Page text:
Faro, gateway to the Algarve
In the far south of Portugal, the Algarve is waiting for you to discover its treasures: enchanting inlets, historic monuments, fishing villages and the unspoiled beauty of the countryside just inland from the coast.
Before you even touch down at Faro, the Algarve excites you with its flamboyant landscape. The aerial view of Ria Formosa, the vast natural park alongside the east coast, is an opportunity to admire the branching lagoons and salt marshes, the wide expanses of sand separating the wetland from the ocean, and the unique blue-green of the water that ripples between islands, rocks and mainland.
Once you are on the ground, Faro, “capital” of the Algarve, offers a break full of light and dazzling colour. Tucked away inside its surrounding walls, the old town has the region’s entire history packed into it. You can admire the Arco da Vila, the colossal gate that gives onto the seafront, and take time to visit the Capela dos Ossos, with its façades completely covered with bones. Stroll through the historic quarter and enjoy the many museums (such as the Municipal Museum or the Algarve Regional Museum). The town centre displays the gentle art of Portuguese-style living, with glimpses of its modernist architecture, cafés whose terraces spill out onto the esplanades and traditional restaurants offering seafood alongside figs, almonds and lemons, symbols of the entire region. From the roof of Faro’s Gothic cathedral, where storks sometimes take up residence, you can enjoy a striking contrast between culture and nature with a view of Ria Formosa and its numerous little islands, not to mention the vast sandy beaches that stretch for miles.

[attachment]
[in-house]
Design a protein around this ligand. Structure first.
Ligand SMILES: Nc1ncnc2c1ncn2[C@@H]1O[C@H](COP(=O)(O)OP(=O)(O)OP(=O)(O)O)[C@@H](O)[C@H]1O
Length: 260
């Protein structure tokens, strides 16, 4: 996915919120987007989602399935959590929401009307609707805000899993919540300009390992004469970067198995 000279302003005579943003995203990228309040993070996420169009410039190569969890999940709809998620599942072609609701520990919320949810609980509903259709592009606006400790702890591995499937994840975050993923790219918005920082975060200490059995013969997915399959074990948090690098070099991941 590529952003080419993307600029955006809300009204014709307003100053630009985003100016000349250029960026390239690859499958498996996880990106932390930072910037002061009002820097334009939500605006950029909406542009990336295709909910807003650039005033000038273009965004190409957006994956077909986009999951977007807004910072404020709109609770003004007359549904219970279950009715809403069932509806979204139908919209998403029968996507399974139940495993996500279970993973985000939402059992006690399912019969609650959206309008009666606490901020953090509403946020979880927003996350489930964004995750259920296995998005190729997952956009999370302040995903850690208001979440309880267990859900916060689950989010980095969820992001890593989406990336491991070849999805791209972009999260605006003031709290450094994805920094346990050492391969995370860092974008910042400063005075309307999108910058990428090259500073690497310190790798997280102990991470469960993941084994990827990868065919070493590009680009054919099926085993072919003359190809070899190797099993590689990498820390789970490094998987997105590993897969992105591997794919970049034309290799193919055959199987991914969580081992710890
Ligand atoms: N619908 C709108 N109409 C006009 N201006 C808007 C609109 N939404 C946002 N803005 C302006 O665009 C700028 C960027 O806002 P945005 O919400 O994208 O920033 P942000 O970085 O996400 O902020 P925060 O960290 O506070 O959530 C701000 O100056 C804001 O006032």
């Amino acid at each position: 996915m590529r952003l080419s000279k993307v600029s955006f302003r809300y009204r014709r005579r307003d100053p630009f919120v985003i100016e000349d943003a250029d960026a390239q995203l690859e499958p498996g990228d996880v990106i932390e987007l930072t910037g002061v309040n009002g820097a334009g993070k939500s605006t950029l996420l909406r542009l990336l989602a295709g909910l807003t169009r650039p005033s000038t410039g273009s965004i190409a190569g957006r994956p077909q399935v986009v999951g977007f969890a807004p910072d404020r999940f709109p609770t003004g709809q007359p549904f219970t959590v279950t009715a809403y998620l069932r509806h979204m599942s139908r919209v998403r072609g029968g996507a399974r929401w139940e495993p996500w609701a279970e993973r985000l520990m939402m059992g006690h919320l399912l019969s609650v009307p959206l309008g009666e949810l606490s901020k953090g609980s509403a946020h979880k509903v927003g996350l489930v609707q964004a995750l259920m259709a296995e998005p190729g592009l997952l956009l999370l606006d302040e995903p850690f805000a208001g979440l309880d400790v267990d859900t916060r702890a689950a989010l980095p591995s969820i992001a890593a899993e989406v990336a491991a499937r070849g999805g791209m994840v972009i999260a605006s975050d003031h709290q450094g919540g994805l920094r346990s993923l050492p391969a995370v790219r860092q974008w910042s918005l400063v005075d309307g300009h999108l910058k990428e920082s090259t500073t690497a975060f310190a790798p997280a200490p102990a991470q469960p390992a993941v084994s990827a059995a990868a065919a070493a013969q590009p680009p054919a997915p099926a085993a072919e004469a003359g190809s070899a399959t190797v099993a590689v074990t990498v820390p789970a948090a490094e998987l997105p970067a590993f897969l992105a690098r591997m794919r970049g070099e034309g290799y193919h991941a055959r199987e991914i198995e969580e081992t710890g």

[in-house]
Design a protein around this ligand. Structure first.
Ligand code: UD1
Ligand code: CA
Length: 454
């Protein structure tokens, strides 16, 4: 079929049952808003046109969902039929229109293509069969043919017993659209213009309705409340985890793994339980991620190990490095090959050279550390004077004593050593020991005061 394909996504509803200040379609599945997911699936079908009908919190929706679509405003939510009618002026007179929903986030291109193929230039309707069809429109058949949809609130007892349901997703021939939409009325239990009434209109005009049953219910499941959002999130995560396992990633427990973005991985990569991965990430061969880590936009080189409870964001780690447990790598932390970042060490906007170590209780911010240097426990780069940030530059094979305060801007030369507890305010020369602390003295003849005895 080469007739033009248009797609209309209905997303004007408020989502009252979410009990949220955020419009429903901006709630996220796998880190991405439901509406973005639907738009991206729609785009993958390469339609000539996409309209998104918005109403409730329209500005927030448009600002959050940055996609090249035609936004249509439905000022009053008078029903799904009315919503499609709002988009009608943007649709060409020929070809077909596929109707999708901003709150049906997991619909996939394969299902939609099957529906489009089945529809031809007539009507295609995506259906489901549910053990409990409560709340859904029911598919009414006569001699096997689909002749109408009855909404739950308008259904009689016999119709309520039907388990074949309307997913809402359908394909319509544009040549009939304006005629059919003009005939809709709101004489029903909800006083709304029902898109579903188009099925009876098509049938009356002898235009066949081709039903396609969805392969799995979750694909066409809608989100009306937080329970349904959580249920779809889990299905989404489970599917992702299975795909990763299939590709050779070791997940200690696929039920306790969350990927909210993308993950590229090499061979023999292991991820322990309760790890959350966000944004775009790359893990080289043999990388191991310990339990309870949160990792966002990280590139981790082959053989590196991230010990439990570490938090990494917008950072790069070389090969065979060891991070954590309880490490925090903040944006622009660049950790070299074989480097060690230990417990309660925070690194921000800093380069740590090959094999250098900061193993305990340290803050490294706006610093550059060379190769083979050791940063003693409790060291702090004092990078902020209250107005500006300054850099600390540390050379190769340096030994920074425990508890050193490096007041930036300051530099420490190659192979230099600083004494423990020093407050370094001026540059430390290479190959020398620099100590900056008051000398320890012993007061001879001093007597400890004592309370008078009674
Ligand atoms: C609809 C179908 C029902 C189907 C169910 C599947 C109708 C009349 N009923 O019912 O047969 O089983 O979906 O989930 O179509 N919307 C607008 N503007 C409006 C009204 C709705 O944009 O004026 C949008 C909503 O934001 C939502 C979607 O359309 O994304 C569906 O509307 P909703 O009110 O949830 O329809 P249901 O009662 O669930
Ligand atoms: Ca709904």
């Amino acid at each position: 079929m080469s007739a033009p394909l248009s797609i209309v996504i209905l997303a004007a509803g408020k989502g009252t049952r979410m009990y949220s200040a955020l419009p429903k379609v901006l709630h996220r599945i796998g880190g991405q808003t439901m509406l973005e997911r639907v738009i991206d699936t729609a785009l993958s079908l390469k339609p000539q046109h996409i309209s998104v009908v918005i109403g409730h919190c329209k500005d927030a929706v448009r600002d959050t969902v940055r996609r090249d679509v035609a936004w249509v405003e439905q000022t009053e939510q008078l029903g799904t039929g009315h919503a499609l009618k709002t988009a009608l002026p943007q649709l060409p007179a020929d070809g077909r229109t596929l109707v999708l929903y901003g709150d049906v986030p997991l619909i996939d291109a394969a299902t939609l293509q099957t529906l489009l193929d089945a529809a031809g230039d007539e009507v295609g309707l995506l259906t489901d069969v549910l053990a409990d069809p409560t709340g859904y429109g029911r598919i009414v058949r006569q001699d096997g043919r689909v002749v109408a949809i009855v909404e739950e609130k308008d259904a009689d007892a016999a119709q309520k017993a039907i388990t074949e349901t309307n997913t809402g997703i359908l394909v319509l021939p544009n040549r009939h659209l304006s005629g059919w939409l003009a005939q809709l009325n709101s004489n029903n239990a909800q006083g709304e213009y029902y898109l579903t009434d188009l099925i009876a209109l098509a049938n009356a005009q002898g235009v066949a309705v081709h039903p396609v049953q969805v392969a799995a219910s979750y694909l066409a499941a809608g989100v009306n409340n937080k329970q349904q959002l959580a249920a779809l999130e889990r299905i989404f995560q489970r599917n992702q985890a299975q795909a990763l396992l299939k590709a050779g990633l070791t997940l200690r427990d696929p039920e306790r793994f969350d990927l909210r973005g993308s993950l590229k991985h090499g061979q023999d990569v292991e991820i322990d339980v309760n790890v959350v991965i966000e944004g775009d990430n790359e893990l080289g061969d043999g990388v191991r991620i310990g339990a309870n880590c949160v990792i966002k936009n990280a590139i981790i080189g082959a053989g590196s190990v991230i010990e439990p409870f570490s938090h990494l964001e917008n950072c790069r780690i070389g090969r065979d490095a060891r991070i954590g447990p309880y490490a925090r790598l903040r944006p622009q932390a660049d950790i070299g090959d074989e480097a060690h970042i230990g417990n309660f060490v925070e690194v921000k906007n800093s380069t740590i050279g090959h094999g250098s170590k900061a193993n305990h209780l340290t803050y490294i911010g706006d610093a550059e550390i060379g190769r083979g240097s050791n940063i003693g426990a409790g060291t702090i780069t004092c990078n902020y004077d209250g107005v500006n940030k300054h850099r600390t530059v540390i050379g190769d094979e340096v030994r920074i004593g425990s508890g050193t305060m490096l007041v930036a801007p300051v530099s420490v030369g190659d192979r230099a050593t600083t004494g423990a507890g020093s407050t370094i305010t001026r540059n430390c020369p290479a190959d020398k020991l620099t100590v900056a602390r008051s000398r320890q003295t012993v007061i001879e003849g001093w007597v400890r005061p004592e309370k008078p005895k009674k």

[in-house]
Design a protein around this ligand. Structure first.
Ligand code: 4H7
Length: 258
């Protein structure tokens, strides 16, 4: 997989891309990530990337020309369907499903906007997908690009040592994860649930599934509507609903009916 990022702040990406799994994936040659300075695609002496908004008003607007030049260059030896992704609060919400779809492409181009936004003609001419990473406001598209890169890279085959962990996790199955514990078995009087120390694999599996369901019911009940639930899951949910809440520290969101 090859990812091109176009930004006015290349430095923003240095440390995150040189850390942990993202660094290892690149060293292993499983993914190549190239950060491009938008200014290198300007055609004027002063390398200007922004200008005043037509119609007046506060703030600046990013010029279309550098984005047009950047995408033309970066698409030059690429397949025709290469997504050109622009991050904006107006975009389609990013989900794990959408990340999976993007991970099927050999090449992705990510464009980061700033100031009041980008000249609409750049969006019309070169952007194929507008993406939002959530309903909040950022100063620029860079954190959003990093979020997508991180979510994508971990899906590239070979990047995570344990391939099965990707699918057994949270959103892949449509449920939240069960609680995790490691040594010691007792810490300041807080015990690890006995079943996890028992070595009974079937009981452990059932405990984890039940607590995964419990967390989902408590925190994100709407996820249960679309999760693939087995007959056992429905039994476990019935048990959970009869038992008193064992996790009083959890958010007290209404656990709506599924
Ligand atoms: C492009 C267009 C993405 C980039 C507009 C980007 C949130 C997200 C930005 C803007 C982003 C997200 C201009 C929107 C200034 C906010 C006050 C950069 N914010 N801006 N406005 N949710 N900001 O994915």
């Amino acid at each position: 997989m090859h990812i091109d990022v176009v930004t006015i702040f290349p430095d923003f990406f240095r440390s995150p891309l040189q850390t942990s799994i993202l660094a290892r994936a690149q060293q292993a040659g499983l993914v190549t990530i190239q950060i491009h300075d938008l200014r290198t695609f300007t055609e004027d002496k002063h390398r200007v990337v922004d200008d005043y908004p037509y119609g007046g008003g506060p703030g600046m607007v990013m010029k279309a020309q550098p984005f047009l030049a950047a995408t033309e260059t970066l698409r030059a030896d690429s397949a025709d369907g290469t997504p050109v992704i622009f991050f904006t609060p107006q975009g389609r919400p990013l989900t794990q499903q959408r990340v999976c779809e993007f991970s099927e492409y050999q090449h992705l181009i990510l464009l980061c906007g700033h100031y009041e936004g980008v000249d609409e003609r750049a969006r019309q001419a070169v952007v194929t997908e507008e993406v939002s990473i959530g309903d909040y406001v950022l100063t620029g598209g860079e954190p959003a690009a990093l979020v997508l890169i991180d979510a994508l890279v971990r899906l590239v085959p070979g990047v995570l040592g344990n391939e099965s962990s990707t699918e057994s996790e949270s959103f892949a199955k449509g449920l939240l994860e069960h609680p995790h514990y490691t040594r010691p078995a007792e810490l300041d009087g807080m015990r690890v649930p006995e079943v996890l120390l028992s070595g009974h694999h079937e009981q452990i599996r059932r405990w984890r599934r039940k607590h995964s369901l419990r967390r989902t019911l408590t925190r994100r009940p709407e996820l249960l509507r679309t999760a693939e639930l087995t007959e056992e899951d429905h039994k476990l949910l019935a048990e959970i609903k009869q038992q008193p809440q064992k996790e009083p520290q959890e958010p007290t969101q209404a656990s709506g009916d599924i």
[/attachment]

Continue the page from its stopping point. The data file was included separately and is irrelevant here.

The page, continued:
Having spied it from a distance, it is time to go and become better acquainted with the natural park. The beauty of the scenery might almost fade into the background in the excitement of observing so many indigenous species, some unique to this spot. The Algarve is home to about 30,000 varieties of bird, including the pink flamingo, the grey plover, the western swamphen and various families of ibis, while its seabeds are the refuge of one of the largest seahorse colonies in the world.
This coastal region, dominated by the fish and seafood trade, is sprinkled with fishing villages that have retained all their traditional character. Here, the jacarandas lining the roads are bent down under the weight of their scented mauve flowers. Several times a day, a train winds its way along the coast, linking Lagos and Vila Real de Santo António. Taking the train gives you the chance to grasp the essence of the Algarve. The west coast, marked by the era of great discoveries by Portuguese navigators in the 15th and 16th centuries, reveals a landscape where the ocean torments the cliffs, carves out tunnels in the stone, surges into the sea caves of Ponta da Piedade and breaks its waves on Cape Saint Vincent, the farthest south-western point of mainland Europe. The eastern part of the Algarve, for its part, offers a comprehensive overview of the region’s multicultural heritage, which has seen the Romans, Visigoths and Moors each settle here for a time. Tavira, with its architecture typical of southern Portugal, is possibly the city that best expresses this diversity, with its “Roman bridge”, Moorish-inspired buildings, medieval castle and many churches. Welcome to the Algarve!
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